Monday, December 24, 2012
Ollie and Uncle Joe
I guess what galls me the most about this series is the way Stone has elevated Stalin's role in WWII. Stalingrad was a battle of attrition during a very bleak winter, much like Napoleon's Battle of Borodino. Hitler, like Napoleon, had not only misjudged the Russian will to defend itself, but had seriously misjudged the exceedingly cruel winters. It was hardly a great tactical victory.
A great book to read is Vassily Aksyonov's Generations of Winter, as he deals with this specific period in history. It is a modern novel along the lines of War and Peace.
Fortunately for Uncle Joe, his forces prevailed and were able to drive the Germans back, seizing on the opportunity to snatch back much of Eastern Europe and a quarter of Germany in the process. The Baltics were completely absorbed into the Soviet Union, as was the Ukraine, Belarus and a number of other former independent countries. Stone doesn't mention this at all.
Stone seems to view Stalin as a coldly pragmatic man that could be worked with. Most historians regard Stalin far less favorably, noting how he took full advantage of Roosevelt, much to Churchill's chagrin, using Yalta to lay claim to a great swathe of real estate. As it turned out, Truman wasn't so accommodating, but by that point Eastern Europe was lost and the continent would remain divided for the better part of five decades.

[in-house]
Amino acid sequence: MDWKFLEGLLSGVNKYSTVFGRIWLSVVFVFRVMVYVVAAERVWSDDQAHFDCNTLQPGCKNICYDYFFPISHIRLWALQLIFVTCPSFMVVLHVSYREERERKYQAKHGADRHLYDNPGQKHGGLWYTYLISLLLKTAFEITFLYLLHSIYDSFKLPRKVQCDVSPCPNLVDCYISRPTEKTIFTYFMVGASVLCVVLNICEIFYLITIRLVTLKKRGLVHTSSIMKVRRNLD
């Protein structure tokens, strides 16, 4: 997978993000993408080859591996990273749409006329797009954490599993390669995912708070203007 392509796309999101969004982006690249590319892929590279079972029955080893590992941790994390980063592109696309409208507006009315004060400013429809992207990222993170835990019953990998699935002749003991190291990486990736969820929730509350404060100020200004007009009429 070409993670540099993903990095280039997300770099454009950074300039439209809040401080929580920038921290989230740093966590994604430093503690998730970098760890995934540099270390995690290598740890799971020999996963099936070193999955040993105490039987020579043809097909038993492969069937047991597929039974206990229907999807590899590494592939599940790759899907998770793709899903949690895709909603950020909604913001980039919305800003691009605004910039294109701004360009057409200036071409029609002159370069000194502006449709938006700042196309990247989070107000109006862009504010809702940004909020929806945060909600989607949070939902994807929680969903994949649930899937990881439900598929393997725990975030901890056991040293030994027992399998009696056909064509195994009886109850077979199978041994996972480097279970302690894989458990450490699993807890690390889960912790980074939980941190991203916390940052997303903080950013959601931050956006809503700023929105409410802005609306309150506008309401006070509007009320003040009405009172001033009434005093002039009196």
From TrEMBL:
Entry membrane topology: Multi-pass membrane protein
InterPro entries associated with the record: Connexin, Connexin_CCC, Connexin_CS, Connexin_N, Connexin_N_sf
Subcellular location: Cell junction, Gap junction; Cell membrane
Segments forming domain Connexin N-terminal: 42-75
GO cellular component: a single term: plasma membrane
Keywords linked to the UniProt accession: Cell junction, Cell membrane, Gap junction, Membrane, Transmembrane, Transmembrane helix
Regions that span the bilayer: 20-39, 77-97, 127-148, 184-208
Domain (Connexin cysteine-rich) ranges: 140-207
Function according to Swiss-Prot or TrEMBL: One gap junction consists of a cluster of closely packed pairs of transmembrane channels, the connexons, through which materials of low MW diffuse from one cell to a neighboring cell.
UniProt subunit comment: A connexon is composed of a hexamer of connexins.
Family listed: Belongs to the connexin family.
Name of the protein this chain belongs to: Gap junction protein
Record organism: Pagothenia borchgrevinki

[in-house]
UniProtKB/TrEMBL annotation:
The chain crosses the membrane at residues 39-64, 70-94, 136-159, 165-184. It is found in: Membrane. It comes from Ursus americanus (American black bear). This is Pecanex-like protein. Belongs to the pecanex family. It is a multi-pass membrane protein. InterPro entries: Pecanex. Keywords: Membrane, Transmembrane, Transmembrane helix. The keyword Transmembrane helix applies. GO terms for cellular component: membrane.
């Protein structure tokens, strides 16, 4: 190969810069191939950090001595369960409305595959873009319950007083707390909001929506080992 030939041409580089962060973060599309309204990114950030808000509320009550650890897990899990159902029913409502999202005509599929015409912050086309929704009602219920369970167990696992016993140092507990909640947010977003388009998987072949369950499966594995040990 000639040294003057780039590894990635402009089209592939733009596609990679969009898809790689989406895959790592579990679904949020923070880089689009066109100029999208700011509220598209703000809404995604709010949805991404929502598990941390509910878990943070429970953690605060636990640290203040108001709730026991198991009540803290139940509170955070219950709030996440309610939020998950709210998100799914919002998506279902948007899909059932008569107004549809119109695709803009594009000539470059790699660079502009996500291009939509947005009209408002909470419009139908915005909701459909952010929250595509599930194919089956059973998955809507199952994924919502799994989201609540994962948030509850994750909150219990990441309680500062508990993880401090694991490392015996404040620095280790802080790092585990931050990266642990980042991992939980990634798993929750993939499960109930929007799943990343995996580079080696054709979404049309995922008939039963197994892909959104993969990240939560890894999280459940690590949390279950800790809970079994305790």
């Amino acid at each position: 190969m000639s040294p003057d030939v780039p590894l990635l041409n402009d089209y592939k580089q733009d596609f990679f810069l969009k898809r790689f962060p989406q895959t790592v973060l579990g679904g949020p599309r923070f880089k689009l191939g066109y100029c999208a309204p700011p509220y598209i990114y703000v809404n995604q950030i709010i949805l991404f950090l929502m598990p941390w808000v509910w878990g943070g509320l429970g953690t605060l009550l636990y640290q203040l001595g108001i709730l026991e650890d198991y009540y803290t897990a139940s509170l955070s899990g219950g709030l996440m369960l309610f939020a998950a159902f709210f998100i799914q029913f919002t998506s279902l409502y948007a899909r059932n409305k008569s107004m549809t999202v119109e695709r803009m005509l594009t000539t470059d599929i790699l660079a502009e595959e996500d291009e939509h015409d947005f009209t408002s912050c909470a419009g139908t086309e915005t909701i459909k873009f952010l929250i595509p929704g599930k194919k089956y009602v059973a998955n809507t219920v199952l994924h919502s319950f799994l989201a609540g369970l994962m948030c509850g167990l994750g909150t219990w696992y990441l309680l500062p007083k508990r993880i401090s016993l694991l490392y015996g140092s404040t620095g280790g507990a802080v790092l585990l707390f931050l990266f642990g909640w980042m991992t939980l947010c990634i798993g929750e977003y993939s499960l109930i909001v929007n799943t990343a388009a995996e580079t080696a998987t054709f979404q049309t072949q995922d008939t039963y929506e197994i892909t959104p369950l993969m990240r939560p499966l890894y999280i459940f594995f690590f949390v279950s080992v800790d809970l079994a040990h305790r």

I'm very curious to see how Stone treats the Cold War, because Stalin used this time to carry out some of his most punitive actions, with massive deportations throughout Eastern Europe and resettling large swathes of this area with new Soviet citizens. It wasn't just Jews, as Yuri Slezkine writes about in his book, The Jewish Century, but Eastern Europeans and Central Asians as well, who found themselves being shuffled about the new Soviet Union.
Stalin wanted to amalgamate the far-flung and culturally diverse country into a whole and the only way to do that was to break down subordinated national identities. You can still see the effects of this today in places like Kaliningrad, probably the only place where this cultural genocide succeeded.
So, when I see Stone making Stalin into a heroic figure, I just have to wonder from whose point of view is he writing this "Untold History of the United States?" It sounds pretty much like that which my wife told me was taught in Soviet schools.